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Very Fine-20 (VF20 or VF-20)
- Summary: Moderate to minor wear exists only on the highest parts of the design where a slight flatness is beginning to show. Although worn, the overall condition of the coin is pleasing and attractive.
- Obverse: The Indian's hair and cheek are noticeably flat but not lacking in detail. Partial details in both feathers are showing.
- Reverse: The hair on the buffalo's head is worn and the horn may be incomplete. The hair on the top of the Buffalo's shoulder has some detail.
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Extra Fine-40 (EF40, XF40, EF-40, or XF-40)
- Summary: Has only the slightest wear on the very highest points of the coin. All details are sharp and all design elements are well defined. Some traces of mint luster may still exist.
- Obverse: The Indian's hair, braid, and feathers are lightly worn but the overall design details are bold. Minimal wear is visible on the ribbon lines in the hair braid.
- Reverse: The buffalo's horn is virtually complete and the details in the buffalo's hair are bold. Only minor flatness exists on the buffalo's shoulder and rear flank.
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About Uncirculated-55 (AU55 or AU-55)
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- Summary: Very minor traces of wear or abrasions are visible on only the highest points on the coin. Mint luster is almost complete, and the surfaces of the coin are well preserved.
- Obverse: Only slight traces of wear are evident on the Indian's cheek and top of the braid. At least half of the original mint luster remains.
- Reverse: Minor traces of wear are visible on the buffalo's shoulder and rear flank. All other design elements are bold.
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Mint State-63 (MS63 or MS-63)
- Summary: No traces of wear from circulation exist. Mint luster is complete but shows minor impairments. Many contact marks, bag marks, and hairline scratches exist on the coin's field, and major design elements and are visible without magnification. Overall, the coin has an attractive eye appeal.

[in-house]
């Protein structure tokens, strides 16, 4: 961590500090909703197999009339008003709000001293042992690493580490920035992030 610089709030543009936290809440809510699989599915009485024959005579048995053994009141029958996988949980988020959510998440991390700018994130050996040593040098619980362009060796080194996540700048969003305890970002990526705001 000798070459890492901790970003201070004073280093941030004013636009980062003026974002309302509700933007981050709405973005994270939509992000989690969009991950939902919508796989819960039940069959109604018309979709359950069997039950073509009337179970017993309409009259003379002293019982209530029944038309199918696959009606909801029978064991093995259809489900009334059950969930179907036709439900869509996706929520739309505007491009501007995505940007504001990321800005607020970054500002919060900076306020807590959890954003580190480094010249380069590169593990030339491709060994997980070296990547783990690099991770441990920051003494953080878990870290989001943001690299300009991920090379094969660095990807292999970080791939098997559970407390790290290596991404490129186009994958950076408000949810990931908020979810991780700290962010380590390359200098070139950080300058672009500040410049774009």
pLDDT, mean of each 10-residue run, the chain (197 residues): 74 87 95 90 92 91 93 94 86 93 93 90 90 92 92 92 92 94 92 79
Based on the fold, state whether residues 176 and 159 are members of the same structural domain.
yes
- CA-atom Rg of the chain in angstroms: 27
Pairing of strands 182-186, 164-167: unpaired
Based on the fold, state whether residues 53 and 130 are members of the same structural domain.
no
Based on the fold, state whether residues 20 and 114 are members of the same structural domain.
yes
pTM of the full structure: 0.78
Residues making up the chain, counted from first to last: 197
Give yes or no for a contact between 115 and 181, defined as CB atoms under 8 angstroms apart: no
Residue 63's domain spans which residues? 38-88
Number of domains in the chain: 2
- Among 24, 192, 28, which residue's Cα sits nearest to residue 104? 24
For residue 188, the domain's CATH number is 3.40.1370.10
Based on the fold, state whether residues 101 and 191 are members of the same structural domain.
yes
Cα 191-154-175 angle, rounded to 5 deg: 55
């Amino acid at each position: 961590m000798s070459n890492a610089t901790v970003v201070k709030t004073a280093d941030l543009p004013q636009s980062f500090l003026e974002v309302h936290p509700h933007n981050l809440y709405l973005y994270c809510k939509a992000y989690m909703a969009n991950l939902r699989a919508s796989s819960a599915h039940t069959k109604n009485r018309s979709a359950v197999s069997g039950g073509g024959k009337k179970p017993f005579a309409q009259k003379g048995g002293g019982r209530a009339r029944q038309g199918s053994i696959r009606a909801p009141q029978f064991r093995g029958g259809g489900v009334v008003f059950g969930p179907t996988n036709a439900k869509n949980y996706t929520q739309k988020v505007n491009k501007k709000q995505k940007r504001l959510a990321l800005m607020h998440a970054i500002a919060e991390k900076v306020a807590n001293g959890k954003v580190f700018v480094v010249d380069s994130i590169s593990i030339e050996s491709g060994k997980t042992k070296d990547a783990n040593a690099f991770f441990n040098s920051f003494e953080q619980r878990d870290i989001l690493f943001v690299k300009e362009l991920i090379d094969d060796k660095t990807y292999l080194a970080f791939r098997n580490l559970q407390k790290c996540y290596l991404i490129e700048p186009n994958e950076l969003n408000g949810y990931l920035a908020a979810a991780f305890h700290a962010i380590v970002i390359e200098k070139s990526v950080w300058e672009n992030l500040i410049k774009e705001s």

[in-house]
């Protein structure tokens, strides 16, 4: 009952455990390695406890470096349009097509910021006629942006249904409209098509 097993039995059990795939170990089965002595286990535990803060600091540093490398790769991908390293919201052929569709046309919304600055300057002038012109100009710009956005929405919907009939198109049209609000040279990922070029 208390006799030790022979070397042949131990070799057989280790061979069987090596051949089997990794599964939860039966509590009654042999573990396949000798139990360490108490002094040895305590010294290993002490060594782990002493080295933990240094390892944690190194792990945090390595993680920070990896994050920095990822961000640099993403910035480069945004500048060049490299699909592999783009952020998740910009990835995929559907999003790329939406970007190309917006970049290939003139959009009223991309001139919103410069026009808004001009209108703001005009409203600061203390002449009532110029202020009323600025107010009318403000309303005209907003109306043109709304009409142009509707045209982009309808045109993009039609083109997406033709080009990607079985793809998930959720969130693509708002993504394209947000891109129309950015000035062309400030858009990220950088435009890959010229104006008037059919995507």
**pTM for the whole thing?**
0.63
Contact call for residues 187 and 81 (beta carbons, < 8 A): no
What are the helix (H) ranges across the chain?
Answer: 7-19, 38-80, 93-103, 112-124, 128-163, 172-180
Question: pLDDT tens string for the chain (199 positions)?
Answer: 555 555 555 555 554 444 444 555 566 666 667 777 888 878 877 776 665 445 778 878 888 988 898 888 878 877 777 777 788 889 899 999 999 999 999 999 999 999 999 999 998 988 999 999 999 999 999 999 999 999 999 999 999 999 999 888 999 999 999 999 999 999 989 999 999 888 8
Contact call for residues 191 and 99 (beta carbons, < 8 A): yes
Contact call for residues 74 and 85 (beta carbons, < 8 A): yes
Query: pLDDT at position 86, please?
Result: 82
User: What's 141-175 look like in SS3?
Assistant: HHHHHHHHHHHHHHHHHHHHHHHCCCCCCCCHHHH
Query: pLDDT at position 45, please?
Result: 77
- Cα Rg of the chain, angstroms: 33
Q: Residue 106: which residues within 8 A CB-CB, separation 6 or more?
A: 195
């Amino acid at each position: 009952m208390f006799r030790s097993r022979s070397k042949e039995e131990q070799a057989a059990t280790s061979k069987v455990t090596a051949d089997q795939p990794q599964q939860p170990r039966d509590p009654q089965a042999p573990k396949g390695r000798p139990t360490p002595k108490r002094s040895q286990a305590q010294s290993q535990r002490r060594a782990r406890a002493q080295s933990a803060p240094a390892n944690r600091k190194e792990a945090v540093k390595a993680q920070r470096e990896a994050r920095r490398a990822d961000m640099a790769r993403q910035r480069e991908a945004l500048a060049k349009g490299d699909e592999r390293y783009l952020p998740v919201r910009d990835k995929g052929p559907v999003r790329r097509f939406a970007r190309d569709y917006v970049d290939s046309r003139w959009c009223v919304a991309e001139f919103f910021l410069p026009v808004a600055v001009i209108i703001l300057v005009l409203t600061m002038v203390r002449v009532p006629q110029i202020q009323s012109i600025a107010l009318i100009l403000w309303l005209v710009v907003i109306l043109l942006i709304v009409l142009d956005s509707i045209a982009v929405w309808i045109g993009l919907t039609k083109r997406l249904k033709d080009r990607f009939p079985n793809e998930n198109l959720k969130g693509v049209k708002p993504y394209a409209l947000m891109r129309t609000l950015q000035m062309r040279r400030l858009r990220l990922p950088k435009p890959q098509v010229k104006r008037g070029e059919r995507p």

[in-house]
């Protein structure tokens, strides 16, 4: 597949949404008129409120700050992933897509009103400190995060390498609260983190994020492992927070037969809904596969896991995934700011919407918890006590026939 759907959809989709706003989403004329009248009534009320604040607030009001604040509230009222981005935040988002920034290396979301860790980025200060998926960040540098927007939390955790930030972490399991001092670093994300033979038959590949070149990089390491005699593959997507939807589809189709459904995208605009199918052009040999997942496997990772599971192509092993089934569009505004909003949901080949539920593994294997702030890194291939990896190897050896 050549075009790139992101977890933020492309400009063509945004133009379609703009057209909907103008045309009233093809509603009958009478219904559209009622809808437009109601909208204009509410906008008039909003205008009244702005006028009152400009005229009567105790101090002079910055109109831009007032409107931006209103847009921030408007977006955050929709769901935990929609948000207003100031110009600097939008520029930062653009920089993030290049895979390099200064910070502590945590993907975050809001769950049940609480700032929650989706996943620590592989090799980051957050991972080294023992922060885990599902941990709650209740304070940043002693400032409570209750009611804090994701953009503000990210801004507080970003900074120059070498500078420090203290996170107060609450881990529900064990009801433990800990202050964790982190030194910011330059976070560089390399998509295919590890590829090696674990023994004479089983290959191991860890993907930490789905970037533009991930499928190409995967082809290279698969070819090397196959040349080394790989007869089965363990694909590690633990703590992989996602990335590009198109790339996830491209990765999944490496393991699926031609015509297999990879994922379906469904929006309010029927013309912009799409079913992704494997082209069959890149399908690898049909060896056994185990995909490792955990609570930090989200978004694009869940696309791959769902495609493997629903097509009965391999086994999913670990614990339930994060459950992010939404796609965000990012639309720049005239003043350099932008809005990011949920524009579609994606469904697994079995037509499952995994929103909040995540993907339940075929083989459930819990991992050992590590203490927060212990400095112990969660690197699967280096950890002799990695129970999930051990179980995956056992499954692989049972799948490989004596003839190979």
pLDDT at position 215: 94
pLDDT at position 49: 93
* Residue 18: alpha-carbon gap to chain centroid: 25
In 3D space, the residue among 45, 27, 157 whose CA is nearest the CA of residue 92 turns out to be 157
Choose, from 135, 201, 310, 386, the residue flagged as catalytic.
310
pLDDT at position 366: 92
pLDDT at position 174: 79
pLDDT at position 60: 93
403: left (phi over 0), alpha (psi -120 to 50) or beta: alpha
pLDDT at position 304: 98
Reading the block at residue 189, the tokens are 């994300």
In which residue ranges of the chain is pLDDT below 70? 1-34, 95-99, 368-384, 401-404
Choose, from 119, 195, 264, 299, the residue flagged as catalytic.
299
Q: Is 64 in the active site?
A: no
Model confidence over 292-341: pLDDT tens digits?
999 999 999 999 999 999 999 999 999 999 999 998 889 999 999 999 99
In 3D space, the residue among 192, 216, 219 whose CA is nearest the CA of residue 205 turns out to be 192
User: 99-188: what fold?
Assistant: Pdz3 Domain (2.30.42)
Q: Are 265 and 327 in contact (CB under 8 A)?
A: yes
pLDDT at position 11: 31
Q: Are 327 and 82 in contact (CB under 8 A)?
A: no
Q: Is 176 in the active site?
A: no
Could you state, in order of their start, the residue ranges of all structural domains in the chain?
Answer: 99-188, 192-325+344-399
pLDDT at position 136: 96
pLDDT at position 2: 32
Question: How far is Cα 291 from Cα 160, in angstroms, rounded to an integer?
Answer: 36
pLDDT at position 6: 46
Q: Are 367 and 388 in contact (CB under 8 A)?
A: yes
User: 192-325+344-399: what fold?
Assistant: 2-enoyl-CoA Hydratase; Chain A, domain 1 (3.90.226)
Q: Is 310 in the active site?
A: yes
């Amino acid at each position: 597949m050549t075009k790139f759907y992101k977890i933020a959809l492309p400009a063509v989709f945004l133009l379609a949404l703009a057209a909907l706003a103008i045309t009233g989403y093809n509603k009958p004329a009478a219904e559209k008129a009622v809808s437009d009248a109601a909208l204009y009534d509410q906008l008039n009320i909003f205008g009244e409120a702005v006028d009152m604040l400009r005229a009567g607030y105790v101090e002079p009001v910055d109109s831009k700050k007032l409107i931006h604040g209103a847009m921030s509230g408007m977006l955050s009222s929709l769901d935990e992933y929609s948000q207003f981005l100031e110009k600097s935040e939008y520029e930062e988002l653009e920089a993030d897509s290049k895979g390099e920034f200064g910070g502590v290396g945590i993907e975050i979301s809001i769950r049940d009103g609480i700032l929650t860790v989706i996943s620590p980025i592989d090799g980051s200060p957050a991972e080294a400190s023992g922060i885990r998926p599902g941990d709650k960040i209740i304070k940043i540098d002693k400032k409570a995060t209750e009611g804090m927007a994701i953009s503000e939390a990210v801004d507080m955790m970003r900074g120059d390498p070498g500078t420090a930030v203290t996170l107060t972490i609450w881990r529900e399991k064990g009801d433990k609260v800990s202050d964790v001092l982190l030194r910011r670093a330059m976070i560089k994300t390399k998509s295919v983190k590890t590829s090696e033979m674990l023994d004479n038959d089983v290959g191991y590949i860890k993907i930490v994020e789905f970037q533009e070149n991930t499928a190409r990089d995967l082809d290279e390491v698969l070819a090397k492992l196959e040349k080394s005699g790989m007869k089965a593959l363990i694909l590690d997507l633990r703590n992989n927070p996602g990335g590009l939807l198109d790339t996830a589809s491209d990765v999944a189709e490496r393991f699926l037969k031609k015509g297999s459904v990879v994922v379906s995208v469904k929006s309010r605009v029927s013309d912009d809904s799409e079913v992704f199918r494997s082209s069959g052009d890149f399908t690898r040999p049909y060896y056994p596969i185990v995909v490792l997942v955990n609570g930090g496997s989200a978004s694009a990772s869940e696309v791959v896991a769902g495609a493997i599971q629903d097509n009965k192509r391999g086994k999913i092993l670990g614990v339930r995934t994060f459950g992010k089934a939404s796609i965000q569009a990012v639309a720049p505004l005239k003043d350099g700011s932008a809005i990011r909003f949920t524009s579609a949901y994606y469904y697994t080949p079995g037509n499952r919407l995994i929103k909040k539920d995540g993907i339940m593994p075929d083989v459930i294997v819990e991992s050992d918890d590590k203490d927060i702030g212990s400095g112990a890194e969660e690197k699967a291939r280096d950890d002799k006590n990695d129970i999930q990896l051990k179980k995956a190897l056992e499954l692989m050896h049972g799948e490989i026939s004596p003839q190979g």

- Obverse: There are no obvious signs of wear on the Indian's cheek. Mint luster must be full and complete but may be impaired.
- Reverse: The buffalo's shoulder and rear flank show no signs of wear but may be lacking in detail due to a less than full strike. Mint luster is complete and unbroken.
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Mint State-65 (MS65 or MS-65)
- Summary: A high quality of mint luster completely covers the surfaces of the coin and is undisturbed. Contact marks and bag marks are few and small. The coin is well struck, and a few hairlines may be seen under a magnifying glass. Overall the coin is brilliant and has an above-average eye appeal.
- Obverse: Mint luster is complete and unimpaired. The strike is full and complete, and even minor details exist on the highest points.
- Reverse: A full strike is evidenced by the detail in the buffalo's hair. There are no major distracting marks on the surface of the coin.
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Mint State-67 (MS67 or MS-67)
- Summary: The original mint luster is complete and almost perfect. There are only three or four very small and unnoticeable contact marks. Overall, the coin has an extraordinary eye appeal that is hardly ever seen. A few minor hairlines can be found only with magnification.
- Obverse: No traces of wear are evident anywhere on the coin. There are no distracting marks, and the mint luster is above average.
- Reverse: All details of the coin are present even on the highest points of the coin, and the eye appeal is superb.
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The information presented in this article is a well-researched opinion on how to interpret the many coin grading standards you will encounter. This is not a universal, absolute, and definitive definition of how this particular coinage series should be graded.Continue to 13 of 13 below.
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More Coin Grading Resources
We recommend the following books to help further develop your coin grading skills:
- The Official American Numismatic Association Grading Standards of United States Coins by Kenneth Bressett
- Photograde: A Photographic Grading Encyclopedia for United States Coins by James F. Ruddy
- Making the Grade: A Grading Guide to the Top 50 Most Widely Collected U.S. Coins by Beth Deisher
- Grading Coins by Photographs by Q. David Bowers
- The Official Guide to Coin Grading and Counterfeit Detection by John Dannreuther